Dordt College News

Food For the Hungry Int., Dordt publish book

April 24, 2003

All who love the land will better understand God’s calling to those in both agriculture and mission outreach after reading the book, “Biblical Holism and Agriculture: Cultivating Our Roots.”

The new book release stems from an international conference hosted by Dordt College, Sioux Center, Iowa, in cooperation with the Food for the Hungry International, in May, 2002. Conference participants from four continents—a total of 105 farmers, pastors, agricultural researchers, professors, missionaries and development workers—met together to develop their vision for demonstrating Christian faith within the vocation of agriculture.

These insights are captured in book form, now available at Dordt College ( or the campus bookstore. The book is also available directly from the publisher on line at Biblical Holism and Agriculture

Starting with the basic principal that God was the first farmer—the author and initiator of agriculture—the theme of Biblical Holism in agriculture is explored, calling for healing and restoration in agriculturalists’ relationships to God, people, plants, animals and the environment.

The trio serving as editors of the book is David Evans, Senior Director at Food for the Hungry, Ron Vos, Professor of Agriculture at Dordt College, and Keith Wright, Director at Food for the Hungry International. Contributing writers include Wayne Kobes, John Kok and Robert De Haan, professors at Dordt College; Jesse Njoka, University of Nairobi; Rev. Jim Ball, Evangelical Environmental Network; Harry Spaling, the King’s University College, Edmonton, Canada; Darrow Miller, Food for the Hungry International; Bruce Bradshaw, Bethel College, Newton, Kansas; Michael Oye, RURCON development agency, Nigeria, West Africa; E. John Wibberley, University of Reading, Reading, UK; Kara Unger Ball, Western Pennsylvania Conservancy; and Greg De Haan, alumnus of Dordt College and mission partner for the Reformed Church in America in West Africa.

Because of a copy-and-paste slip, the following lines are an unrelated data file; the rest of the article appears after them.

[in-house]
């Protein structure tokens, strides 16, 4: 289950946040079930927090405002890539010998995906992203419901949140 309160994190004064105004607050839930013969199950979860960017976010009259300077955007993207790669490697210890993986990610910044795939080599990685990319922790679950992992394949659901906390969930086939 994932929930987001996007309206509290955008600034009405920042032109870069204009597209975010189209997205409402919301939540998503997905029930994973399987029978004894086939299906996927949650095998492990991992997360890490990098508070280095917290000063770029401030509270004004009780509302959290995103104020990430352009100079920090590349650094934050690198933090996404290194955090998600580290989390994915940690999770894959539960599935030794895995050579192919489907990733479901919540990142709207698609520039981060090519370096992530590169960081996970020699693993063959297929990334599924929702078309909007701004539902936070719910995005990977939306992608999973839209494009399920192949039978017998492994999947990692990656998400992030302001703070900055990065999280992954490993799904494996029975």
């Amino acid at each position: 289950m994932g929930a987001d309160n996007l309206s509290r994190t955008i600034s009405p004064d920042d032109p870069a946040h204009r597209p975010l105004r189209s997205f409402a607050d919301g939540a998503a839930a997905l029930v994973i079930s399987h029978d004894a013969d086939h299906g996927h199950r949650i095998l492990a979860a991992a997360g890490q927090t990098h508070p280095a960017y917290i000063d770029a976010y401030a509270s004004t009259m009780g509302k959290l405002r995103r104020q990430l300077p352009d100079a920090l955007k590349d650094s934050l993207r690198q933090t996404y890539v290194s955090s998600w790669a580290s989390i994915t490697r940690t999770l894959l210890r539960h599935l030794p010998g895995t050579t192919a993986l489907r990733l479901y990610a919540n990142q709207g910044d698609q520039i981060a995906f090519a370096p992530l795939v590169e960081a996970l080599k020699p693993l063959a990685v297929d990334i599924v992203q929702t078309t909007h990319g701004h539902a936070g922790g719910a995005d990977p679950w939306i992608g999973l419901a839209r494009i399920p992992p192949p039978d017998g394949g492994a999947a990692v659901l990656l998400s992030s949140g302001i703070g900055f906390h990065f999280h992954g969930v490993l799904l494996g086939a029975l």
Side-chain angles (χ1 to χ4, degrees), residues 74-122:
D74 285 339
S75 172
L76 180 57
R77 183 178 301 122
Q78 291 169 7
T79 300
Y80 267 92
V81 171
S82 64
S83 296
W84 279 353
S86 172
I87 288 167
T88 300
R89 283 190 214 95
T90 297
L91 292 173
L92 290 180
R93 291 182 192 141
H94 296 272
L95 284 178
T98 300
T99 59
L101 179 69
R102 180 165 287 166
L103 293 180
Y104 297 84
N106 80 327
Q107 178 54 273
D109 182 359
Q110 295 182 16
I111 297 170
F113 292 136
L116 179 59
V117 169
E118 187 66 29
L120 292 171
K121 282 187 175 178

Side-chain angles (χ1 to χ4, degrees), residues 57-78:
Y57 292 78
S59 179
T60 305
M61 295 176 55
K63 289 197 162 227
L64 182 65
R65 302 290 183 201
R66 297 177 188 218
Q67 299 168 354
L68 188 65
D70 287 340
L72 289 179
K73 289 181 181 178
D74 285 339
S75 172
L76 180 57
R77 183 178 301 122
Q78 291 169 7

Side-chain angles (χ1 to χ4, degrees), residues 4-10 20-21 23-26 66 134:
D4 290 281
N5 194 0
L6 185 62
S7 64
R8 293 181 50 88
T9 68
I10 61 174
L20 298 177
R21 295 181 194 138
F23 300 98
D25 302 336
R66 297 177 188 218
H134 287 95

“Followers of Jesus Christ … should transcend the culture in which they live,” says Dr. Ron Vos, a professor of agriculture at Dordt College, in his contribution to the book. “How we deal with weeds and animals should not depend on what the popular culture around us tells us to do, but we should seek out the proper response based on guidelines from Scripture and creation…. This is really about world development and how we deal with agriculture globally. We are a whole body of people struggling with how we should interact with creation.”

Readers of “Biblical Holism and Agriculture” will be challenged to renew their focus on building God’s Kingdom through agricultural work. The book is ideal for anyone interested in the intersection of God’s truth and the domain of agriculture.

“At the end of the day,” concluded David Evans, Senior Director at Food for the Hungry, “this book will probably raise more questions than it answers. But these questions need to be raised if Christians involved in agriculture around the world are to better understand the role that they are called to play in bringing God's word and His kingdom to bear on the land, animals, and neighbors that have been entrusted to their care.”

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